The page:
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Fake friends: How to spot them and what you should do once they're outed.

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Friends, more often than not, are the people you can count on through the best and worst times of your life. They’re the family you get to choose, whose successes are also yours and their failures, likewise.

However, nobody can bat a thousand, and it’s only human to err. Sometimes, our judgment can get the better of us, and it may not perform to the standard to which we feel we've honed it. Sometimes, we make the mistake of befriending someone who, in the end, will turn out to be, put simply, a fake friend.

Many people encounter fake friends throughout their lifetime. It’s not exclusive to any age group. It’s not unique to children or common for teenagers or expected for adults. Friendships are a vital part of our growth as humans but sometimes, for whatever misguided reason or none at all, we tend to entrust this bond to those who, retrospectively, are obviously less than worthy.

But how can you spot a fake friend?

It’s difficult to do so during the goings-on of the “friendship” but there are always tell-tale signs, like:

  • Constant requests for favors and a suspicious unavailability when asked to reciprocate,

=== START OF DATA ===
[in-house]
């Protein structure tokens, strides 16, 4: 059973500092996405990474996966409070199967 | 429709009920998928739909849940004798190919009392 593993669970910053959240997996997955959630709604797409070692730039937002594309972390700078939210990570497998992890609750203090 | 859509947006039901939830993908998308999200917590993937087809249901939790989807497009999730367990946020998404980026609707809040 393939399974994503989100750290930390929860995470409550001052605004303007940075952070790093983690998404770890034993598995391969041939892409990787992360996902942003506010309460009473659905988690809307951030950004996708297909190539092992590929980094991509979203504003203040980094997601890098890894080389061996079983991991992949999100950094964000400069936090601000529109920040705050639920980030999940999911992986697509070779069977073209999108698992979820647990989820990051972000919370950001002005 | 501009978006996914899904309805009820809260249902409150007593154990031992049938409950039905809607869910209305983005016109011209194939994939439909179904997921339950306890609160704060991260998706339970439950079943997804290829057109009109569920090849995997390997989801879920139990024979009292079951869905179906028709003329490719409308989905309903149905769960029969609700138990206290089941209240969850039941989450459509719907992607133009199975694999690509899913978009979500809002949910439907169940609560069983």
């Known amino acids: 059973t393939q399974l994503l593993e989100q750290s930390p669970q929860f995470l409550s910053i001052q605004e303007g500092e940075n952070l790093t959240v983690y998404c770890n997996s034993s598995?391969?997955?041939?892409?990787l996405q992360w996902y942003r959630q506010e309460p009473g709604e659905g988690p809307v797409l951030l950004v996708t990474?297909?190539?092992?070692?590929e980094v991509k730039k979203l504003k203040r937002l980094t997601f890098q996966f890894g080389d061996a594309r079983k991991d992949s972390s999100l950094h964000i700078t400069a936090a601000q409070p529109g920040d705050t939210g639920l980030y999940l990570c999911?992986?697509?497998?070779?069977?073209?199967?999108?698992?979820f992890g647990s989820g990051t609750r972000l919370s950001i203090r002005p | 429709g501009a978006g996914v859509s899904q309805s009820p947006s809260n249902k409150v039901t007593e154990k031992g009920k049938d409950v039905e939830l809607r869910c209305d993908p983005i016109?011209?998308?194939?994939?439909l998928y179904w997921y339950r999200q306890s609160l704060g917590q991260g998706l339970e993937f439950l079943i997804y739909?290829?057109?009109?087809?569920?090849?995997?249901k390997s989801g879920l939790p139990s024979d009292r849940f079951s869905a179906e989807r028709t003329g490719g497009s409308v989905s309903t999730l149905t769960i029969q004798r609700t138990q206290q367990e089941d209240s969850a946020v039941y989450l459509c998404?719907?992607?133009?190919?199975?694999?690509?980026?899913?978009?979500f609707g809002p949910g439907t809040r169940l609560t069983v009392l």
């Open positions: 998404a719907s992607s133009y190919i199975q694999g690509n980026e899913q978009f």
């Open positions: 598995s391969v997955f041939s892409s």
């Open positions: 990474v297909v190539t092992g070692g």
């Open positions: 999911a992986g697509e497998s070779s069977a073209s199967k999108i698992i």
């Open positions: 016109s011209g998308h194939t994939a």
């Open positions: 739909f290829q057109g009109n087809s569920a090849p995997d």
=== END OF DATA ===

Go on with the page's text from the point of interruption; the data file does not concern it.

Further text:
• A greater placement of importance on their own affairs, or
  • Blatantly disrespecting or belittling others within their circle of friends

Many people excuse their fake friends because they sometimes have a “strong personality” that just “takes some getting used to”, but it’s that innate desire to seek the best in people that most humans have that keeps us from disposing of fake friends to make way for new healthier and mutually beneficial relationships.

However, time indeed does heal all wounds and, as sure as the day is long, one can only take so much from a relationship that gives so little.

The best thing we can remember when we reach those crossroads is to use our words and that nothing can be gained from loud arguments and hurtful jabs. Afterwards, the best we can hope for is that we can form better, more genuine friendships with people we can indeed trust. Dr. Liane Holliday Willey, who lives with Asperger’s, understands the value of genuine friendships and knows the most effective ways to form such relationships. Ultimately, it’s up to us to know what we want out of our friendships, as well as deciding when to tell our fake friends that enough is enough.



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